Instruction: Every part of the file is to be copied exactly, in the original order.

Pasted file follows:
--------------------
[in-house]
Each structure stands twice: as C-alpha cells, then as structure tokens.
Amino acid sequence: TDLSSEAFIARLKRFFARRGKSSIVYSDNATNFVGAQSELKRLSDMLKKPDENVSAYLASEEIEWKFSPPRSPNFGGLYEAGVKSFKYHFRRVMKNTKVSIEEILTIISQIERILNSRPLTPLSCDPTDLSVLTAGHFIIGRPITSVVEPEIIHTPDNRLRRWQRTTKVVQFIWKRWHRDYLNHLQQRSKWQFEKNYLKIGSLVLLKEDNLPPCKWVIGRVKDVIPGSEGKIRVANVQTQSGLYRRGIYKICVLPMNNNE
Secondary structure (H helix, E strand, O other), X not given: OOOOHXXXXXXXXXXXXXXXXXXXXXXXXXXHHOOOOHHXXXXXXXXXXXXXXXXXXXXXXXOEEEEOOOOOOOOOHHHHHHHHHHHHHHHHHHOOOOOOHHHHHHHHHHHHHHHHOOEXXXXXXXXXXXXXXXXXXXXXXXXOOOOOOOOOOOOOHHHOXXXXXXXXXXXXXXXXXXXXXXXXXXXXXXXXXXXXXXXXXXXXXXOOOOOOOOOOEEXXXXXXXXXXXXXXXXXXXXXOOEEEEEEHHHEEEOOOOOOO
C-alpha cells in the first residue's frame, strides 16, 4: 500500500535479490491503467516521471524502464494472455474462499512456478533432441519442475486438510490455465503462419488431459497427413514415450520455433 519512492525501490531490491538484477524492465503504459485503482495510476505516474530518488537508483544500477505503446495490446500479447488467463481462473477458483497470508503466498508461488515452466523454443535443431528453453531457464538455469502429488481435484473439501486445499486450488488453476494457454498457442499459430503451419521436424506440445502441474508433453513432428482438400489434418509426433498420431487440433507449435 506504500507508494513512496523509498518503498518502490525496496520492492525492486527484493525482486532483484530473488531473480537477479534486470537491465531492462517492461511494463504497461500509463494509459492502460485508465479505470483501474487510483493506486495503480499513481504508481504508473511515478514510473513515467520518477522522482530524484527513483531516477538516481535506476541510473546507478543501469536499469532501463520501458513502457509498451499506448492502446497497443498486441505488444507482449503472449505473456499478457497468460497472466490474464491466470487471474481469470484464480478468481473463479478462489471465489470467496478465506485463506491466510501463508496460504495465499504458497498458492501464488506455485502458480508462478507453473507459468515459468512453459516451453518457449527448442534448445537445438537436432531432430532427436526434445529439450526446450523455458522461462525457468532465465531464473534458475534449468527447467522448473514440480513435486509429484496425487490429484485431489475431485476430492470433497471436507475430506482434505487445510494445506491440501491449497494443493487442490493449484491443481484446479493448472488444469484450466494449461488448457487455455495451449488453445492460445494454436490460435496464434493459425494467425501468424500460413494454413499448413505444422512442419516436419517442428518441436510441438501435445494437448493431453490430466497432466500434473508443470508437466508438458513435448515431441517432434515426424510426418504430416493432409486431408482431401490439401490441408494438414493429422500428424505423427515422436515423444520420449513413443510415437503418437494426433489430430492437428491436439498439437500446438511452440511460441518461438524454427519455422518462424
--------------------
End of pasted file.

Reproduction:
[in-house]
Each structure stands twice: as C-alpha cells, then as structure tokens.
Amino acid sequence: TDLSSEAFIARLKRFFARRGKSSIVYSDNATNFVGAQSELKRLSDMLKKPDENVSAYLASEEIEWKFSPPRSPNFGGLYEAGVKSFKYHFRRVMKNTKVSIEEILTIISQIERILNSRPLTPLSCDPTDLSVLTAGHFIIGRPITSVVEPEIIHTPDNRLRRWQRTTKVVQFIWKRWHRDYLNHLQQRSKWQFEKNYLKIGSLVLLKEDNLPPCKWVIGRVKDVIPGSEGKIRVANVQTQSGLYRRGIYKICVLPMNNNE
Secondary structure (H helix, E strand, O other), X not given: OOOOHXXXXXXXXXXXXXXXXXXXXXXXXXXHHOOOOHHXXXXXXXXXXXXXXXXXXXXXXXOEEEEOOOOOOOOOHHHHHHHHHHHHHHHHHHOOOOOOHHHHHHHHHHHHHHHHOOEXXXXXXXXXXXXXXXXXXXXXXXXOOOOOOOOOOOOOHHHOXXXXXXXXXXXXXXXXXXXXXXXXXXXXXXXXXXXXXXXXXXXXXXOOOOOOOOOOEEXXXXXXXXXXXXXXXXXXXXXOOEEEEEEHHHEEEOOOOOOO
C-alpha cells in the first residue's frame, strides 16, 4: 500500500535479490491503467516521471524502464494472455474462499512456478533432441519442475486438510490455465503462419488431459497427413514415450520455433 519512492525501490531490491538484477524492465503504459485503482495510476505516474530518488537508483544500477505503446495490446500479447488467463481462473477458483497470508503466498508461488515452466523454443535443431528453453531457464538455469502429488481435484473439501486445499486450488488453476494457454498457442499459430503451419521436424506440445502441474508433453513432428482438400489434418509426433498420431487440433507449435 506504500507508494513512496523509498518503498518502490525496496520492492525492486527484493525482486532483484530473488531473480537477479534486470537491465531492462517492461511494463504497461500509463494509459492502460485508465479505470483501474487510483493506486495503480499513481504508481504508473511515478514510473513515467520518477522522482530524484527513483531516477538516481535506476541510473546507478543501469536499469532501463520501458513502457509498451499506448492502446497497443498486441505488444507482449503472449505473456499478457497468460497472466490474464491466470487471474481469470484464480478468481473463479478462489471465489470467496478465506485463506491466510501463508496460504495465499504458497498458492501464488506455485502458480508462478507453473507459468515459468512453459516451453518457449527448442534448445537445438537436432531432430532427436526434445529439450526446450523455458522461462525457468532465465531464473534458475534449468527447467522448473514440480513435486509429484496425487490429484485431489475431485476430492470433497471436507475430506482434505487445510494445506491440501491449497494443493487442490493449484491443481484446479493448472488444469484450466494449461488448457487455455495451449488453445492460445494454436490460435496464434493459425494467425501468424500460413494454413499448413505444422512442419516436419517442428518441436510441438501435445494437448493431453490430466497432466500434473508443470508437466508438458513435448515431441517432434515426424510426418504430416493432409486431408482431401490439401490441408494438414493429422500428424505423427515422436515423444520420449513413443510415437503418437494426433489430430492437428491436439498439437500446438511452440511460441518461438524454427519455422518462424